Against Depressive Realism

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Against Depressive Realism

Adam Robbert

Quote:I’ve heard a few times over the years people associate metacognitive observation (of thoughts, feelings, actions, etc.) with a kind of despair, depression, or alienation, as though this were a good thing, as though the metacognitive insights we associate with philosophy are uniquely delivered by depressed or alienated affect, and that in turn alienation has some unique purchase on developing freedom and autonomy. To be sure, when you’re feeling depressed and alienated one of the unexpected side effects is a kind of metacognitive ability to self-monitor, but it’s not a sustainable way of being in the long run, and it feels more like depersonalization than a healthy developmental attribute. I’m speaking from experience.

Worse, there’s a romance to this situation — the despair of seeing things “as they really are” in their grim truth, from a distance, on the metacognitive pedestal, but this is a trap. It’s an alluring aesthetic for some, but it’s more a crutch than an accurate appraisal. My point is, the metacognitive stance isn’t an emotion free space, it is (like reason, a topic for another day) an emotion-enabled space. Pierre Hadot’s book on Plotinus is good on this point, where we see an emphasis on contemplative practice as facilitating a different mode of “metacognitive” insight. There is, in other words, merely a contingent relation between alienation and metacognition, and the philosophical literature is rife with examples that lead to a better way forward.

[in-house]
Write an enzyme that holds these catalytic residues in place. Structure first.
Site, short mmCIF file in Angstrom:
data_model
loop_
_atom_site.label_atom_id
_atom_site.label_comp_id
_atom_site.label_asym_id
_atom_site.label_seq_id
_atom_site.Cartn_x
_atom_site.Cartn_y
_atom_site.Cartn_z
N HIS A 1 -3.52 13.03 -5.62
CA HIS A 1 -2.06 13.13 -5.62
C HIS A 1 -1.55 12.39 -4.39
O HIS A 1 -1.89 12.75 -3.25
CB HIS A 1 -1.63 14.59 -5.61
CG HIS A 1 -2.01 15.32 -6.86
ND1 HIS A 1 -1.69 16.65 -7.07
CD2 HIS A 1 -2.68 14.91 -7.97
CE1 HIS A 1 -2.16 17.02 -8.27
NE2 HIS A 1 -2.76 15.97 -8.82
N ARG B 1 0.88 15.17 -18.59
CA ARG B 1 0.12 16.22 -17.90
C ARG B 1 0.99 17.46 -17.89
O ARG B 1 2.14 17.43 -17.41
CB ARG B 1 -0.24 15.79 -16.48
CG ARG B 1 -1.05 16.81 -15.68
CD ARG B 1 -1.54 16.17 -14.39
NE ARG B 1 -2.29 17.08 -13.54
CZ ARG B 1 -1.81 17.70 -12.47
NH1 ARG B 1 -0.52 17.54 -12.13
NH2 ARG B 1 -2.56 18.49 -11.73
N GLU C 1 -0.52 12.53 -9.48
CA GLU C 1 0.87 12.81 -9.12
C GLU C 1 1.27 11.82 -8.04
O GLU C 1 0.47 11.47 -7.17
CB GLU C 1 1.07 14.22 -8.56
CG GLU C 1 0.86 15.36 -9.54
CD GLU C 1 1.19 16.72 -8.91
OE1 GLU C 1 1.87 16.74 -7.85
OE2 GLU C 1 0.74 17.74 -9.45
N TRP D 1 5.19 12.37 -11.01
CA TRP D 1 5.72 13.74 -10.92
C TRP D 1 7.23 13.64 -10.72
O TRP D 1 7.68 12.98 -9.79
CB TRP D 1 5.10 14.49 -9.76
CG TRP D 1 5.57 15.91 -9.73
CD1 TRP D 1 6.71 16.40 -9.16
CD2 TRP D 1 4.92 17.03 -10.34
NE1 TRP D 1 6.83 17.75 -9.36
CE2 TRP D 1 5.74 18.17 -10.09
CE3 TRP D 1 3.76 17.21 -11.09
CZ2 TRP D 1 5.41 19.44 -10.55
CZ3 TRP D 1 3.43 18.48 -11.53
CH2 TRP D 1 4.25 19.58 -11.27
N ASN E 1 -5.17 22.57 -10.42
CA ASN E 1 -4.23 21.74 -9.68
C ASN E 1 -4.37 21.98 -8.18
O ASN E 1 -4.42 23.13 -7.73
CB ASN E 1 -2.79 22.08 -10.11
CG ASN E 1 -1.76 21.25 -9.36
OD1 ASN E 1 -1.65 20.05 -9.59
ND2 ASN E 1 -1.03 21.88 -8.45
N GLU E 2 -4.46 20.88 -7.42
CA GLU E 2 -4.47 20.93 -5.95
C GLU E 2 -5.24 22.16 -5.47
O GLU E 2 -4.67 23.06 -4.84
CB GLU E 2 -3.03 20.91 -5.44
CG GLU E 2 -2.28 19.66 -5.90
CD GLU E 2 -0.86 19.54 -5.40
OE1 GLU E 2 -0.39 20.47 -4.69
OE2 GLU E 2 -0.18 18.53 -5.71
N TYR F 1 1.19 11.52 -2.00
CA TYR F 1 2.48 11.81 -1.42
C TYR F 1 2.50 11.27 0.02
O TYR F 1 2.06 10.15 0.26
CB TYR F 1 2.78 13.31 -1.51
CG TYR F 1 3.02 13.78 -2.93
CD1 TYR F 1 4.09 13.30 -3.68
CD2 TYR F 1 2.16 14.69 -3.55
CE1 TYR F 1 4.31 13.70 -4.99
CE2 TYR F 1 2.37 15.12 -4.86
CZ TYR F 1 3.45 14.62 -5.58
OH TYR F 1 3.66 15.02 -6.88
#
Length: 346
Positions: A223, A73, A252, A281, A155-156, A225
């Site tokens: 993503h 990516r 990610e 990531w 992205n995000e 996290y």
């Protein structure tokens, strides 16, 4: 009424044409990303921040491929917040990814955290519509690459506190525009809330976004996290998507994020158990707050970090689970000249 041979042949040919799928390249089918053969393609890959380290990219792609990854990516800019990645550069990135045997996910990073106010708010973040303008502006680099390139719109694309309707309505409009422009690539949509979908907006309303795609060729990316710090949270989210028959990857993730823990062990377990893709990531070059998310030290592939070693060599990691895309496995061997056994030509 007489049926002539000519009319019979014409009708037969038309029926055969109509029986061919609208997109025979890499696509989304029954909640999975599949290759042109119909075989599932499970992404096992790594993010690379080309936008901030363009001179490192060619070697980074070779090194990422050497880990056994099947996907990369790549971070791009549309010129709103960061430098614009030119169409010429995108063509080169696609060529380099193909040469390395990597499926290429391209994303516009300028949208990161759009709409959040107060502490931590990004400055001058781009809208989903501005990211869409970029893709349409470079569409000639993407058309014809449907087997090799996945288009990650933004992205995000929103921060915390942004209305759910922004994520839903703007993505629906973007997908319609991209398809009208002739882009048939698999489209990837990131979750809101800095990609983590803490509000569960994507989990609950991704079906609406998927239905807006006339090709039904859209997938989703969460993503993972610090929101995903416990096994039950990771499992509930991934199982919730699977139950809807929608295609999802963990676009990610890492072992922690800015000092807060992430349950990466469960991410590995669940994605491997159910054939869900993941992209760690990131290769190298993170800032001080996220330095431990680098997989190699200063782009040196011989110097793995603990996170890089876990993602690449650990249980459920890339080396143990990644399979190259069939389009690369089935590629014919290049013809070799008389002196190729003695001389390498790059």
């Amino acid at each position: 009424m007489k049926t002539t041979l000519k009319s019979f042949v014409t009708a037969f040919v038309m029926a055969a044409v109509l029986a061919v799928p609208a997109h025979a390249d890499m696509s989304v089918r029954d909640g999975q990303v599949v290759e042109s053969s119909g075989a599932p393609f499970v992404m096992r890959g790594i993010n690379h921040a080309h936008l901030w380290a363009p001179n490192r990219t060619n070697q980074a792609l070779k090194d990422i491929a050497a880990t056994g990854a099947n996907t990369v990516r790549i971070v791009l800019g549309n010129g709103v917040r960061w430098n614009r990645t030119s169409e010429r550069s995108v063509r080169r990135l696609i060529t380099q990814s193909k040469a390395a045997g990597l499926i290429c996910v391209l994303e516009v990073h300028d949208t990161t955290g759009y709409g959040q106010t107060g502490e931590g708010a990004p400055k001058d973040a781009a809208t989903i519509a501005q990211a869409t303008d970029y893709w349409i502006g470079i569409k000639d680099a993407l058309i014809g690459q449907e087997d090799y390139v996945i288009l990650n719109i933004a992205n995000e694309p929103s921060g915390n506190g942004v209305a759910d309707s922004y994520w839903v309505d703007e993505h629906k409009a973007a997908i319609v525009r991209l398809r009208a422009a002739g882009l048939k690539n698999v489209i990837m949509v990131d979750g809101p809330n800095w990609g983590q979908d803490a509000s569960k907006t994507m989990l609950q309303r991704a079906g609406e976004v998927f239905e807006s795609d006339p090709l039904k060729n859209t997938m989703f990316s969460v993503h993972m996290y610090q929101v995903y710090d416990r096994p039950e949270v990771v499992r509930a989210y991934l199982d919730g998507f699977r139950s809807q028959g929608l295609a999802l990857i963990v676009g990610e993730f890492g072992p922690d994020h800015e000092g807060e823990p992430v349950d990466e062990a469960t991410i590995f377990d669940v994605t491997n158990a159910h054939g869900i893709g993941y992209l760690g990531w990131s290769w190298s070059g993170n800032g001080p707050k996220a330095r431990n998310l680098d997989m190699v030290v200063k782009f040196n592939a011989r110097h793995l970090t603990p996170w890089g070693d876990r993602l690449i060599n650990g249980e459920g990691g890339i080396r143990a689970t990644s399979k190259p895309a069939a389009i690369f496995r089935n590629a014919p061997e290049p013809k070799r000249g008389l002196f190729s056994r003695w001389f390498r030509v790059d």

This article, titled “Depressive Realism,” recently published in Aeon, is about as good an example of what I’m talking about as I could hope for. It doesn’t mention metacognition by name, but the idea is similar. Needless to say, I’m not convinced this is a good way of thinking. The article is ostensibly about how depression may give us better access to “the real” than other emotions, like happiness, which, we’re told, lead only to stereotypical thinking and relying on cliché. But the truth is, depression leads to some of the most predictable and boring clichés imaginable, and to concretize these feelings and reify them as true stand-ins for “the real” is irresponsible.
'Historically, we may regard materialism as a system of dogma set up to combat orthodox dogma...Accordingly we find that, as ancient orthodoxies disintegrate, materialism more and more gives way to scepticism.'

- Bertrand Russell


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